by Joelle Charbonneau
To be published by Houghton Mifflin Harcourt
on June 2, 2013
Source: e-ARC from the publisher via NetGalley. Please see my full FTC disclosure on right sidebar.
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Summary (from Goodreads:) Keep your friends close and your enemies closer. Isn’t that what they say? But how close is too close when they may be one in the same? The Seven Stages War left much of the planet a charred wasteland. The future belongs to the next generation’s chosen few who must rebuild it. But to enter this elite group, candidates must first pass The Testing—their one chance at a college education and a rewarding career. Cia Vale is honored to be chosen as a Testing candidate; eager to prove her worthiness as a University student and future leader of the United Commonwealth. But on the eve of her departure, her father’s advice hints at a darker side to her upcoming studies--trust no one. But surely she can trust Tomas, her handsome childhood friend who offers an alliance? Tomas, who seems to care more about her with the passing of every grueling (and deadly) day of the Testing. To survive, Cia must choose: love without truth or life without trust.
My take: I'm suffering from a full-blown case of dystopian fatigue. As a result, I approach new books in this genre with the hope that they will offer up some kind of a fresh spin on things. The Testing didn't meet that test for me. Still, if you feel the way about dystopian fiction that I feel about contemporary/realistic YA -- namely, that you're a tireless and devoted reader of the genre -- I think you'll enjoy this book.
The Testing opens with Cia, the main character, getting all dressed up for a big ceremony. All the residents of her colony are gathering in the town square to find out which of Cia's classmates will be chosen for the Testing, a chance to compete to attend their country's University.
Cia wasn't the kind of character who had me rooting for her. To me, she came off as calm and detached. I tend to connect more with characters who show either greater vulnerability or more of an snarky edge. Or both. Cia wasn't a bad narrator, she just struck me as bland.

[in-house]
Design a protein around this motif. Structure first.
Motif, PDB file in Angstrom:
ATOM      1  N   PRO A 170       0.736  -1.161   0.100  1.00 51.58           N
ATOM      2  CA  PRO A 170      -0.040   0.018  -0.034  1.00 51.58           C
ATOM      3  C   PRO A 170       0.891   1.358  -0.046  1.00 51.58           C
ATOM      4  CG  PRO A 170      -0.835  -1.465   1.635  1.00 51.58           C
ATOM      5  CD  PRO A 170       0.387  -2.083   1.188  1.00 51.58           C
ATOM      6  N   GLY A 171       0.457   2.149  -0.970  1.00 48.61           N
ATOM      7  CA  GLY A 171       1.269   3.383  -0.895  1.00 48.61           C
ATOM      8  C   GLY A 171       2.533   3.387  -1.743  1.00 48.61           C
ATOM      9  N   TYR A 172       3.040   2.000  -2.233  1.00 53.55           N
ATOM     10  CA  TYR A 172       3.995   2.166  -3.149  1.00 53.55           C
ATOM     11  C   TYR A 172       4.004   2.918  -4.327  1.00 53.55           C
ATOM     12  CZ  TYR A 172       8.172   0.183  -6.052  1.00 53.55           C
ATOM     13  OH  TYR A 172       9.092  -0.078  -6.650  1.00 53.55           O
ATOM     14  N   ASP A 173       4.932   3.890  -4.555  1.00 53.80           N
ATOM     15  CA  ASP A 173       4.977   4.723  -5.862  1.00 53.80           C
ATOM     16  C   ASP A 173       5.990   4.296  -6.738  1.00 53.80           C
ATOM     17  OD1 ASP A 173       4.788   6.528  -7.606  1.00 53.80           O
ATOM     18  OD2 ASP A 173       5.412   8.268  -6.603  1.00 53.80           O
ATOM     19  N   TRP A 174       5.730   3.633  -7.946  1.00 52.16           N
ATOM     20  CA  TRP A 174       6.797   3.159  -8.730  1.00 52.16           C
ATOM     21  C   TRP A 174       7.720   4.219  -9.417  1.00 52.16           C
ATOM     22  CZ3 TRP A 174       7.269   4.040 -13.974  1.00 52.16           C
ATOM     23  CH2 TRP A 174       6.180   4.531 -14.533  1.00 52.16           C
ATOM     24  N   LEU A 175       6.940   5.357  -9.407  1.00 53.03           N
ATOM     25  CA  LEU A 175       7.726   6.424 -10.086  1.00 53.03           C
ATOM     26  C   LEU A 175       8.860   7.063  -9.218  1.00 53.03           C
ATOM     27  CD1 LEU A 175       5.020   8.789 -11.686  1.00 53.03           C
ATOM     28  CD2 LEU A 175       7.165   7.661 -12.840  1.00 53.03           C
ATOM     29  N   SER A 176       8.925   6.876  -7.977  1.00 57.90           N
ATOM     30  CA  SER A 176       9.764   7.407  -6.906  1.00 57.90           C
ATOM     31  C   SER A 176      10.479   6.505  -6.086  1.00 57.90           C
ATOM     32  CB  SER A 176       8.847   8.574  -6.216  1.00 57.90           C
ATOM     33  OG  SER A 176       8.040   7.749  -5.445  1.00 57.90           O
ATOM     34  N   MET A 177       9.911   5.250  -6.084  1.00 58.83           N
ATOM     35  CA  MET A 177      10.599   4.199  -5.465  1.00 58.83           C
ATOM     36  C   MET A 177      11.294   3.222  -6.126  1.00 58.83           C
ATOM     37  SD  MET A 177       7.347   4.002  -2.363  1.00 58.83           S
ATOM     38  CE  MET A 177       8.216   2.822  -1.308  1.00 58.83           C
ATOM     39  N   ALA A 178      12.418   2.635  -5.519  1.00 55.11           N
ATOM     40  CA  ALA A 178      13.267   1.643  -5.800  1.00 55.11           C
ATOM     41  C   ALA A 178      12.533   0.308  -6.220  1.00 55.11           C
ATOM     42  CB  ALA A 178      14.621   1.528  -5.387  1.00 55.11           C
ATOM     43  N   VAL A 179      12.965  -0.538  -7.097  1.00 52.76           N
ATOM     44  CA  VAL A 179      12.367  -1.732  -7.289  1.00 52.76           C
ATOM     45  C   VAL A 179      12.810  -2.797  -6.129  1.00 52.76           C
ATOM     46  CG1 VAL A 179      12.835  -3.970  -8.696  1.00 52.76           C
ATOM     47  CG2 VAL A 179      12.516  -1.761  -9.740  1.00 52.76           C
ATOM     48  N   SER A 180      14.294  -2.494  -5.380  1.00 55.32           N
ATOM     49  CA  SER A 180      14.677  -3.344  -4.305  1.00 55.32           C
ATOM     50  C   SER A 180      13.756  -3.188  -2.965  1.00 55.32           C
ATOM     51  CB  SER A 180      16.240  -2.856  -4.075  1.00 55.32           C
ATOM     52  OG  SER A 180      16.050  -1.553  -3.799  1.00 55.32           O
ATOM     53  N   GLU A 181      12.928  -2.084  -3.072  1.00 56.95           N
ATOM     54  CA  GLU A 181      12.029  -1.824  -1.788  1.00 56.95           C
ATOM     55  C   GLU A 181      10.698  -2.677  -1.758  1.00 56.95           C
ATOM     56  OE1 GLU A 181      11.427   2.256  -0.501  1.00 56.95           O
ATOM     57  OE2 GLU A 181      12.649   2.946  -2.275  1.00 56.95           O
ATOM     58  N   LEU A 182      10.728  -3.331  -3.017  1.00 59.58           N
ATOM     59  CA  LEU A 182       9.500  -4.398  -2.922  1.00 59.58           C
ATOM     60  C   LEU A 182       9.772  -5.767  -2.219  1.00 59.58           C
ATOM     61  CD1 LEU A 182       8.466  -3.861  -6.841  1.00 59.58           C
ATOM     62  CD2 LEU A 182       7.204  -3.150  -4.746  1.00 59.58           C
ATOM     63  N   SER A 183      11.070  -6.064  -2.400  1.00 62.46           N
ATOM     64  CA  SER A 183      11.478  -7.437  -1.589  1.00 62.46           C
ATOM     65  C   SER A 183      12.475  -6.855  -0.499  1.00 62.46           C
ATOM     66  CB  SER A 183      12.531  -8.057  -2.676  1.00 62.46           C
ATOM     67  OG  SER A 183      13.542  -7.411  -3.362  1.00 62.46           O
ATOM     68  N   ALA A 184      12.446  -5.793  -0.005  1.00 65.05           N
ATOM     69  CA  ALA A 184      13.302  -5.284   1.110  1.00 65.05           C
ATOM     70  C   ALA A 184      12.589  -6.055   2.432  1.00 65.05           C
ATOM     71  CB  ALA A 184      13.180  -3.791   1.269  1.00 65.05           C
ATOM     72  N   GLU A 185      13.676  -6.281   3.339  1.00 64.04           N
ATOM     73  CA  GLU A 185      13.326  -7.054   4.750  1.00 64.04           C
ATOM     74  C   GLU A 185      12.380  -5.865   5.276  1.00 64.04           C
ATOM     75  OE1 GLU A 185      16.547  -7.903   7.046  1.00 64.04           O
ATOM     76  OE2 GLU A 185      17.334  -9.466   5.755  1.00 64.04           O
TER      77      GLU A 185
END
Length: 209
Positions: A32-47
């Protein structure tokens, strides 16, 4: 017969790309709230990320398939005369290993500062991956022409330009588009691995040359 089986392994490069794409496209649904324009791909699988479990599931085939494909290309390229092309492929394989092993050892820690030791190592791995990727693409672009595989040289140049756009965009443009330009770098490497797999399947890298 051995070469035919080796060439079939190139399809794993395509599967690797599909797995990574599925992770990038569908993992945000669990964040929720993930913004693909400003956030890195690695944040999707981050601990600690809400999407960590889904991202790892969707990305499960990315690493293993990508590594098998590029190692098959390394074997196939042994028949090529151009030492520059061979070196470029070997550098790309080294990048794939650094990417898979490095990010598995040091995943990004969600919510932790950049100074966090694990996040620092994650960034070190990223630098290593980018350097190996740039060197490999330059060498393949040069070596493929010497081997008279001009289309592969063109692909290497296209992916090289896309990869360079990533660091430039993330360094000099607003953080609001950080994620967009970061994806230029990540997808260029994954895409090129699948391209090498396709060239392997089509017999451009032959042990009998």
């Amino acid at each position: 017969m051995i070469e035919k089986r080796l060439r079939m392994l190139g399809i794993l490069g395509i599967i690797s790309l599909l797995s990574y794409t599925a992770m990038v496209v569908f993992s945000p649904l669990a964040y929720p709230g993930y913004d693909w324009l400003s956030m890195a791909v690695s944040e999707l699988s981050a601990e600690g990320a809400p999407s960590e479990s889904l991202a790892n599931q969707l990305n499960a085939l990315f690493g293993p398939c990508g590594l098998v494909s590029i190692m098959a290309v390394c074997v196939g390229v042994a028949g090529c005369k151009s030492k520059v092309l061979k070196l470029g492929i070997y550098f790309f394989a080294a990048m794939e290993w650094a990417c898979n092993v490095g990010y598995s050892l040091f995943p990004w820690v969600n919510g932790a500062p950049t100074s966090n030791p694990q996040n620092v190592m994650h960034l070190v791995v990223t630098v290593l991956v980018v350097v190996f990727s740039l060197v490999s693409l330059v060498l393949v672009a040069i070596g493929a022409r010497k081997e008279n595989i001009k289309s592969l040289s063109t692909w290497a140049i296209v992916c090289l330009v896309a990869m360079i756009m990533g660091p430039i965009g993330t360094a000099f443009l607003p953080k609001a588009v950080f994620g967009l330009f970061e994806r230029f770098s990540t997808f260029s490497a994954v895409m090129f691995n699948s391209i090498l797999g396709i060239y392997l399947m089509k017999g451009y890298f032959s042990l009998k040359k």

Of course, Cia is chosen to be tested. She and three of her classmates are taken to Tosu City to undergo a series of tests. They're assigned a mentor. They meet their competitors. Then -- and I have to admire the gutsiness of this storytelling move -- for the first round of competition they actually take tests. They sit at desks and take tests with paper with pencils. (For teen readers who are in full exam panic mode, this scenario might actually elicit a cold sweat.) Fortunately, in subsequent rounds, the candidates get to do other stuff. Like test plants and soil. And then - finally - get down to the real-world leadership and decision-making tests.When the testing moves into its final stages, the book shifts to survival in the wilderness sort of stuff. Just like in the Hunger Games, Cia will have to battle injury and the elements and decide which of her competitors she can trust. This was definitely the strongest part of the book.
As in other dystopian books which feature plots that put groups of kids in deadly competition with one another, that part of the premise didn't entirely hold together for me. In the Hunger Games, the Reaping served as a cruel means by which the government punishes and controls its citizens. In this book, it didn't really add up. Yes, I understand that the United Commonwealth wants their best and the brightest to attend the university, but what is the logic behind such callous disregard for the almost-best-and-brightest, many of whom seem to end up dead?
Will you be surprised if I tell you there are two guys Cia finds herself drawn to, one of whom may not be trustworthy? However, as Cia learns in the beginning of the book, her memory will be erased if she survives the testing, so even if she figures out which guy she likes, she's not going to remember.
Here's a little test for you to take: are you dying for new dystopian books to read? Does the idea of a group of kids pitted against one another still makes your heart beat a little faster? Then you should definitely put The Testing on your to-read list.
How are you feeling about dystopian fiction? Are you still loving it?